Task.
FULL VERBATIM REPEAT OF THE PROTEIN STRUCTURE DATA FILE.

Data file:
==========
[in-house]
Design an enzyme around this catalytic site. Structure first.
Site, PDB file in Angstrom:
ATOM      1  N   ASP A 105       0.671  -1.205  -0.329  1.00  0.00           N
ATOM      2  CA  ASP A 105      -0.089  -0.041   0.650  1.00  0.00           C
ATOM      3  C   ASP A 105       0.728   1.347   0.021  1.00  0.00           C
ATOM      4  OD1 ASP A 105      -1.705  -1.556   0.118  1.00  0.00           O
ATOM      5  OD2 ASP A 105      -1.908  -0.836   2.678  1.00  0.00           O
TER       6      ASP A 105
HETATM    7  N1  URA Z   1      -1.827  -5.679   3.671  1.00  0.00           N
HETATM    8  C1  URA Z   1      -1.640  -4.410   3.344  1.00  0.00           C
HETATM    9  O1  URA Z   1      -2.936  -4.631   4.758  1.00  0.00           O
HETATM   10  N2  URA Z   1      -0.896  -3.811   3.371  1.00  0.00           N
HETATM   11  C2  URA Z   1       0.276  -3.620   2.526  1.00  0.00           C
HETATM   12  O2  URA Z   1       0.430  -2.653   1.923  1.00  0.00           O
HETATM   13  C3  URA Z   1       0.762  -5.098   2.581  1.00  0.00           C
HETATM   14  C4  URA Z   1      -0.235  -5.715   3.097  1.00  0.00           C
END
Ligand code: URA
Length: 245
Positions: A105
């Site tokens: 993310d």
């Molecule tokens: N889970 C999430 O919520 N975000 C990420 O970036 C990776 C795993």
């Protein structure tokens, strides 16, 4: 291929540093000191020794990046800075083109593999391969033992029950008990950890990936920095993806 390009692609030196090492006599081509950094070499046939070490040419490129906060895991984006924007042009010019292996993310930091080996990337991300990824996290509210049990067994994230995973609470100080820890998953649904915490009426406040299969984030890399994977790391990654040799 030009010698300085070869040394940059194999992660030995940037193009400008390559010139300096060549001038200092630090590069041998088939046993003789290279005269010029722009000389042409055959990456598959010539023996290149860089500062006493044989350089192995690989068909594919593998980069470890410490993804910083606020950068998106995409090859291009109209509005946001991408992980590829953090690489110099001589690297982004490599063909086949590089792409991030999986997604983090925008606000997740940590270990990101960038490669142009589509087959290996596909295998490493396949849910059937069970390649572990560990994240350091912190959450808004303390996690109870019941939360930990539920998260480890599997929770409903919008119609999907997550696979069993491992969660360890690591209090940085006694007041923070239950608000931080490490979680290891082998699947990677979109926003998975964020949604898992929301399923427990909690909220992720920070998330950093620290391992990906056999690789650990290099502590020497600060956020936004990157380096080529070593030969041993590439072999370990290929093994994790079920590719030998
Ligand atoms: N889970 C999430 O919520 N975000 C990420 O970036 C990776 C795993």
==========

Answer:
[in-house]
Design an enzyme around this catalytic site. Structure first.
Site, PDB file in Angstrom:
ATOM      1  N   ASP A 105       0.671  -1.205  -0.329  1.00  0.00           N
ATOM      2  CA  ASP A 105      -0.089  -0.041   0.650  1.00  0.00           C
ATOM      3  C   ASP A 105       0.728   1.347   0.021  1.00  0.00           C
ATOM      4  OD1 ASP A 105      -1.705  -1.556   0.118  1.00  0.00           O
ATOM      5  OD2 ASP A 105      -1.908  -0.836   2.678  1.00  0.00           O
TER       6      ASP A 105
HETATM    7  N1  URA Z   1      -1.827  -5.679   3.671  1.00  0.00           N
HETATM    8  C1  URA Z   1      -1.640  -4.410   3.344  1.00  0.00           C
HETATM    9  O1  URA Z   1      -2.936  -4.631   4.758  1.00  0.00           O
HETATM   10  N2  URA Z   1      -0.896  -3.811   3.371  1.00  0.00           N
HETATM   11  C2  URA Z   1       0.276  -3.620   2.526  1.00  0.00           C
HETATM   12  O2  URA Z   1       0.430  -2.653   1.923  1.00  0.00           O
HETATM   13  C3  URA Z   1       0.762  -5.098   2.581  1.00  0.00           C
HETATM   14  C4  URA Z   1      -0.235  -5.715   3.097  1.00  0.00           C
END
Ligand code: URA
Length: 245
Positions: A105
């Site tokens: 993310d």
């Molecule tokens: N889970 C999430 O919520 N975000 C990420 O970036 C990776 C795993």
């Protein structure tokens, strides 16, 4: 291929540093000191020794990046800075083109593999391969033992029950008990950890990936920095993806 390009692609030196090492006599081509950094070499046939070490040419490129906060895991984006924007042009010019292996993310930091080996990337991300990824996290509210049990067994994230995973609470100080820890998953649904915490009426406040299969984030890399994977790391990654040799 030009010698300085070869040394940059194999992660030995940037193009400008390559010139300096060549001038200092630090590069041998088939046993003789290279005269010029722009000389042409055959990456598959010539023996290149860089500062006493044989350089192995690989068909594919593998980069470890410490993804910083606020950068998106995409090859291009109209509005946001991408992980590829953090690489110099001589690297982004490599063909086949590089792409991030999986997604983090925008606000997740940590270990990101960038490669142009589509087959290996596909295998490493396949849910059937069970390649572990560990994240350091912190959450808004303390996690109870019941939360930990539920998260480890599997929770409903919008119609999907997550696979069993491992969660360890690591209090940085006694007041923070239950608000931080490490979680290891082998699947990677979109926003998975964020949604898992929301399923427990909690909220992720920070998330950093620290391992990906056999690789650990290099502590020497600060956020936004990157380096080529070593030969041993590439072999370990290929093994994790079920590719030998
Ligand atoms: N889970 C999430 O919520 N975000 C990420 O970036 C990776 C795993």